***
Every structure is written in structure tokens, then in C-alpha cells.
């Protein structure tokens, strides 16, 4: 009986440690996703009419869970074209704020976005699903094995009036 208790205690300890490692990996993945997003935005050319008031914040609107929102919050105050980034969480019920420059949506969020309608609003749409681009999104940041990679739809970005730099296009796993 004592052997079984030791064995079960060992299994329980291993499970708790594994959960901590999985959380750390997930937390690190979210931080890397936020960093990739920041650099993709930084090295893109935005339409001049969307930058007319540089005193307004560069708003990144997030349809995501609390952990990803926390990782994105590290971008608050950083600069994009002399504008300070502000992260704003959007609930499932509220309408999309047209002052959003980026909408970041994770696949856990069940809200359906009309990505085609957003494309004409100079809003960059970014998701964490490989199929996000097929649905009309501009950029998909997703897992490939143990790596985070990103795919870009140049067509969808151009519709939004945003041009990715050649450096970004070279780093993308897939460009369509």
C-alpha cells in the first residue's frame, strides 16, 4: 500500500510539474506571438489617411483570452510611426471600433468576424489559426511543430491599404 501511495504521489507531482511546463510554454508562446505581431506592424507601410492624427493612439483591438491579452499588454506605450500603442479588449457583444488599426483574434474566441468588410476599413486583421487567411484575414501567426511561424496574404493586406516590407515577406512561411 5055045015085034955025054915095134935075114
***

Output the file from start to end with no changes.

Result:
Every structure is written in structure tokens, then in C-alpha cells.
């Protein structure tokens, strides 16, 4: 009986440690996703009419869970074209704020976005699903094995009036 208790205690300890490692990996993945997003935005050319008031914040609107929102919050105050980034969480019920420059949506969020309608609003749409681009999104940041990679739809970005730099296009796993 004592052997079984030791064995079960060992299994329980291993499970708790594994959960901590999985959380750390997930937390690190979210931080890397936020960093990739920041650099993709930084090295893109935005339409001049969307930058007319540089005193307004560069708003990144997030349809995501609390952990990803926390990782994105590290971008608050950083600069994009002399504008300070502000992260704003959007609930499932509220309408999309047209002052959003980026909408970041994770696949856990069940809200359906009309990505085609957003494309004409100079809003960059970014998701964490490989199929996000097929649905009309501009950029998909997703897992490939143990790596985070990103795919870009140049067509969808151009519709939004945003041009990715050649450096970004070279780093993308897939460009369509």
C-alpha cells in the first residue's frame, strides 16, 4: 500500500510539474506571438489617411483570452510611426471600433468576424489559426511543430491599404 501511495504521489507531482511546463510554454508562446505581431506592424507601410492624427493612439483591438491579452499588454506605450500603442479588449457583444488599426483574434474566441468588410476599413486583421487567411484575414501567426511561424496574404493586406516590407515577406512561411 5055045015085034955025054915095134935075114